No Surprise Feedback

“Where’s this coming from??” 

“Why didn’t you say something before??” 

“I’m surprised by this feedback, I thought things were going well…” 

For some reason or another, feedback tends to get bottled up and saved, only to be delivered at a time when it’s too late to take action. When the lines of communication are jammed up like this, it’s hard for a team to achieve their goals. 

No Surprise Feedback 

Is a framework that helps teams help each other by opening the lines of communication. It creates frequent touch points for feedback. It’s a strategy that helps teams avoid the “surprise” that occurs when feedback is held back for too long. It creates an environment where consistent feedback is the norm. When feedback, both constructive and positive, is part of a team’s culture - leads, individuals, and teams thrive. 

No Surprise Feedback is simple, but it’s not always easy. It’s a commitment to:

  • Collaboration in service of reaching goals. 
  • Candor over perfection.
  • Cadence over convenience. 

Collaboration in service of reaching goals.

This might strike you as obvious, but feedback is all about collaboration. It’s about working together with the intention of improvement. When you approach feedback from a place of collaboration, there’s an understanding that feedback (especially critical feedback) isn’t shared to be punitive or manipulative. It comes from a place of care and a genuine desire to support and encourage. When you know the person giving you feedback has your back, what they’re saying carries a lot more weight.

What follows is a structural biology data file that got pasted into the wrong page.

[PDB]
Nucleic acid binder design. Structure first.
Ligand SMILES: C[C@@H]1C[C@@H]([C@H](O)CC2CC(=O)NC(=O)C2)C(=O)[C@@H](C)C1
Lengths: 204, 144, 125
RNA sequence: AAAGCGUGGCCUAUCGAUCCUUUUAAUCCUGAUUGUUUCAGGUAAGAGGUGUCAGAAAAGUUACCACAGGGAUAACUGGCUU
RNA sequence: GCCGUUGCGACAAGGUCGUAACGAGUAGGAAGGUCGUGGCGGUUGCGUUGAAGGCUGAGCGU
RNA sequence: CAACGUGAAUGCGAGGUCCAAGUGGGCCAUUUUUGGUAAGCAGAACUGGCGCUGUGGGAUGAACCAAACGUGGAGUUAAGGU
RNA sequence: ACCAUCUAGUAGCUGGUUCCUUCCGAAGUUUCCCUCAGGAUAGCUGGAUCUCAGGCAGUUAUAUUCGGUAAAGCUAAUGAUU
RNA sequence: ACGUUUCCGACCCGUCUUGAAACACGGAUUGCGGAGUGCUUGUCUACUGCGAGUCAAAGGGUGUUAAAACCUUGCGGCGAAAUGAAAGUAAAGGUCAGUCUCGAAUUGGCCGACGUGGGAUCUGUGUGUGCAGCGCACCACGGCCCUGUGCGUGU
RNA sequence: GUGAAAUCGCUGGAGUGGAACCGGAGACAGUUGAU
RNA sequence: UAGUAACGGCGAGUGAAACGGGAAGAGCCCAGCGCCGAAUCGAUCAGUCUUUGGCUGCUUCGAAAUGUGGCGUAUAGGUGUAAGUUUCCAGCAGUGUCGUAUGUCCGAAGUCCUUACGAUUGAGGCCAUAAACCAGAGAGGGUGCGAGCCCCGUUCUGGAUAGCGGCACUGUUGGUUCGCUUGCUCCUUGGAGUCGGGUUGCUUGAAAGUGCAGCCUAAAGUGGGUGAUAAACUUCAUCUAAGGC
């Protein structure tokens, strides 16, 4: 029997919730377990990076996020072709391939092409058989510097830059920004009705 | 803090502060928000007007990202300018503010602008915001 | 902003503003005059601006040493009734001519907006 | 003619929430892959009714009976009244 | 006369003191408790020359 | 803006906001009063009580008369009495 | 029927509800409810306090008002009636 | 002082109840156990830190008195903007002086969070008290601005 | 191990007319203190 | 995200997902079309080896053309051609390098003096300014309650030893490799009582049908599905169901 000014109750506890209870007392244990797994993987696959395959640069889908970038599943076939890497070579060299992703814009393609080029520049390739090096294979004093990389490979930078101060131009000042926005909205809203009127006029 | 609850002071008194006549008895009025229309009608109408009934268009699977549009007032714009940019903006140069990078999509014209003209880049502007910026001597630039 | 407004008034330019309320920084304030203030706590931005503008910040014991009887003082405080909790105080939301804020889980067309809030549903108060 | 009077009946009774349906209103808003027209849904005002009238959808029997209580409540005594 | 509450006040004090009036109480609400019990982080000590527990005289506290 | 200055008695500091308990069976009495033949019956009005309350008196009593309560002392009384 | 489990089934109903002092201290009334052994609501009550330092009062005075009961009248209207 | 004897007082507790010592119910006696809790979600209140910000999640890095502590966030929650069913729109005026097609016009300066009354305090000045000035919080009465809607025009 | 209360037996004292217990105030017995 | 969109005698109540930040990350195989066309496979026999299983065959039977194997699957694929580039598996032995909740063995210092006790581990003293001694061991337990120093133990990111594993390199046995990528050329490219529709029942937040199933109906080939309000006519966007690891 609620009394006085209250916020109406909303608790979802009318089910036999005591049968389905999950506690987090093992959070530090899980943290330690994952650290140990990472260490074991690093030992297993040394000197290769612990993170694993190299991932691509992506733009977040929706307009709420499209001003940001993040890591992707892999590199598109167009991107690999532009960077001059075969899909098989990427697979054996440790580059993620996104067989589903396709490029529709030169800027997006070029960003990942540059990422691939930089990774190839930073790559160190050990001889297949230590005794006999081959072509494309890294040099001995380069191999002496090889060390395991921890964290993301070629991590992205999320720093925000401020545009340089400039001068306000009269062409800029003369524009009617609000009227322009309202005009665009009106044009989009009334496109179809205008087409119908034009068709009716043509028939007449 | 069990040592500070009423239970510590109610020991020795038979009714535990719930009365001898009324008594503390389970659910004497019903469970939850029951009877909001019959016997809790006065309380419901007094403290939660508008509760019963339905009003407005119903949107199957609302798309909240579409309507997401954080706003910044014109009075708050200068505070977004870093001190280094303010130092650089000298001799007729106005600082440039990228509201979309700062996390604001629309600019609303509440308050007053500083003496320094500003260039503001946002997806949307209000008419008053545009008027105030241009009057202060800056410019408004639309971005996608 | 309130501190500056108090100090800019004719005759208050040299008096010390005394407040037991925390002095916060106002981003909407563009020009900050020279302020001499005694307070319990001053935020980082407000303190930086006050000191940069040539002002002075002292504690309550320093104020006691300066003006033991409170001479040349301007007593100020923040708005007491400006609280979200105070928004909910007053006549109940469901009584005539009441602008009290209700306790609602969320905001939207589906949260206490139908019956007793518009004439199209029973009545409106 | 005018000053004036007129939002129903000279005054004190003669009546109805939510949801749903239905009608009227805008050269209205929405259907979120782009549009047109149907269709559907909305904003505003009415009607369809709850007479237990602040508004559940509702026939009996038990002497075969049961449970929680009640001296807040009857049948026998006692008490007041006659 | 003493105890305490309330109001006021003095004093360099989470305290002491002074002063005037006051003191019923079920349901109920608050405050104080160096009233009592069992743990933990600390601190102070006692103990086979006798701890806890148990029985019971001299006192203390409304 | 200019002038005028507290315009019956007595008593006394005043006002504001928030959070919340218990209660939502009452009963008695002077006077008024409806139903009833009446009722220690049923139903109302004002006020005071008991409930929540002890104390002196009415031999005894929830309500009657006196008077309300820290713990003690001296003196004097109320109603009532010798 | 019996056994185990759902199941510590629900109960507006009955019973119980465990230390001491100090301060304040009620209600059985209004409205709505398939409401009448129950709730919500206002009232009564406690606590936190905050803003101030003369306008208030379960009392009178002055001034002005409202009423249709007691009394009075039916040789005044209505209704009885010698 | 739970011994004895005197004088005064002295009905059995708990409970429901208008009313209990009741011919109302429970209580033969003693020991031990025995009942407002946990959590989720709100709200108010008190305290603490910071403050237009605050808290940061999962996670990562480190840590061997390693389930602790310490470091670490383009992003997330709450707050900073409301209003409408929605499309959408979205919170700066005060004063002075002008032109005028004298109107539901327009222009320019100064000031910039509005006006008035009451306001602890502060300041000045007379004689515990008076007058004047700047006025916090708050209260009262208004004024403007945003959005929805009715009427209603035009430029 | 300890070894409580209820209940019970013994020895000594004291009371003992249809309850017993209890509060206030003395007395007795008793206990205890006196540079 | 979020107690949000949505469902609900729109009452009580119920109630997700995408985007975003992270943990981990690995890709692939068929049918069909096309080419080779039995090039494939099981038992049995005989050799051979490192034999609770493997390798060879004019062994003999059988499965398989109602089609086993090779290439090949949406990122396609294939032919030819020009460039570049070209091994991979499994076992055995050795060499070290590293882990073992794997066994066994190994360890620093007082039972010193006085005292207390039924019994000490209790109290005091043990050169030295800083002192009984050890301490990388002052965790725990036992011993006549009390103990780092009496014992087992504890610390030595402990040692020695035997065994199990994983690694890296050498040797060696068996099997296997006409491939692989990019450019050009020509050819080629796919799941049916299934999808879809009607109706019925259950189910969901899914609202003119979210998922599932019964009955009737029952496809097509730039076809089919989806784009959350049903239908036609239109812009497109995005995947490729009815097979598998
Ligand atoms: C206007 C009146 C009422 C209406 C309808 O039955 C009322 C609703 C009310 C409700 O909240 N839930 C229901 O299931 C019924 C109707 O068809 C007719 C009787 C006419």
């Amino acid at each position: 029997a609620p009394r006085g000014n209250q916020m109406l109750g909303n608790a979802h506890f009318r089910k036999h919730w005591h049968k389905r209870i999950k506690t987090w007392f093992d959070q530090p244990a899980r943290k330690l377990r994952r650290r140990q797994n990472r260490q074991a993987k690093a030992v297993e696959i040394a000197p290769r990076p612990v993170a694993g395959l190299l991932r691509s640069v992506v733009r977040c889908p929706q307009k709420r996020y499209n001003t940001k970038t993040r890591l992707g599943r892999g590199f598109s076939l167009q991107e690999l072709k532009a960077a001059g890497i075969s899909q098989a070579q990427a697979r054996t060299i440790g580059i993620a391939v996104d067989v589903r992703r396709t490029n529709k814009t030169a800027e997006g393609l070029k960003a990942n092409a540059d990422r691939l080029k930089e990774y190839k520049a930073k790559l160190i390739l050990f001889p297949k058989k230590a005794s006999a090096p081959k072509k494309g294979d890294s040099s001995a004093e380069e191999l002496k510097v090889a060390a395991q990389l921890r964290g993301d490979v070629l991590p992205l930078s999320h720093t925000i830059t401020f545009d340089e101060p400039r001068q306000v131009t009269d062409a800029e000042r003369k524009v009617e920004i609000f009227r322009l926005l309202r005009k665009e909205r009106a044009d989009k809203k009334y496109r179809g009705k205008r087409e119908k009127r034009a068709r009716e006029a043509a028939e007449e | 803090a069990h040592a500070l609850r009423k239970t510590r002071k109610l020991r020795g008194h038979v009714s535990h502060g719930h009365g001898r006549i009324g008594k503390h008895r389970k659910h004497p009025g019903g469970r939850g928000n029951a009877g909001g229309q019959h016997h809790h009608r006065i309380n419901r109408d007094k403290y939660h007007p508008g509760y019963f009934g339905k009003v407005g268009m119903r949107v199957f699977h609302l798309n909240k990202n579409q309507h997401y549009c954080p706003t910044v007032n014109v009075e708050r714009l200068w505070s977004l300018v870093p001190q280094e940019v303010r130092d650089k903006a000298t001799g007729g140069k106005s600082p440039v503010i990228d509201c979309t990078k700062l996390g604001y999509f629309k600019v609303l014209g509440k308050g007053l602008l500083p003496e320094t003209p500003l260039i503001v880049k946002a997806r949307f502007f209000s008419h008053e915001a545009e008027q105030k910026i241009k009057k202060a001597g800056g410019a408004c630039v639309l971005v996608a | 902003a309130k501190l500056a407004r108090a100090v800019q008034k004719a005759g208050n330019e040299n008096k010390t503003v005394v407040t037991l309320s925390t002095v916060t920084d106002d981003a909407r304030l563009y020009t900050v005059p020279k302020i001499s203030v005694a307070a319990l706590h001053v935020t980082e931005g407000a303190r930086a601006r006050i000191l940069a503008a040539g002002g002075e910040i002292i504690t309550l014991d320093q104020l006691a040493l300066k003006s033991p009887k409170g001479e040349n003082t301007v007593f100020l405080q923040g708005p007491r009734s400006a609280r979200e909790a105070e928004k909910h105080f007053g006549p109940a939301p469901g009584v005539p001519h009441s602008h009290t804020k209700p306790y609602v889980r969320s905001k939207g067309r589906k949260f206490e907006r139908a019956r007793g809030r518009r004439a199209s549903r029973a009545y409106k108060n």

Candor over perfection.

Delivering feedback can be intimidating. It’s easy to think, “If I say this perfectly, they’ll understand and agree with me, so it won’t be so hard.” From there you tap into some feedback templates, script out what you want to get across, and read it verbatim at your next meeting. 

This approach takes time and lacks authenticity. Two things that diminish trust and limit the impact of your feedback. 

Feedback models like SBI or EEC are great. They are tools to help you craft effective feedback, but they shouldn’t take away from your authenticity and they certainly shouldn’t be used to craft an essay. 

For the person delivering feedback, committing to candor over perfection means sharing feedback even if it’s not fully ironed out. For the receiver, it means putting in an effort to understand what the person giving feedback is trying to convey. 

The result is more time actioning feedback and less time planning feedback. 

Cadence over convenience.

Think of a colleague you work with. What’s one piece of feedback you can give them that would help them reach their goals? Have you given them that feedback? Why not? 

Chances are we’re all holding on to feedback we could be sharing that would help people we know. Cadence over convenience is committing to giving feedback when it’s relevant instead of holding onto it until it’s convenient to share.

Establishing a good cadence for feedback means making time to give feedback when it’s timely and setting tripwires to prompt feedback regularly. 


We say that No Surprise Feedback is a commitment, and that’s the real key to putting this framework into practice. It starts with leads committing to Candor, Collaboration, and Cadence in their performance feedback. Through modeling these actions and inviting the same in return, leads create a new expectation within their team where feedback is anticipated and welcomed, not dreaded and avoided. Feedback is often cited as one of the things leads struggle with most. Take the pressure off, stop striving for perfection, strive for a shared commitment to No Surprise Feedback. 

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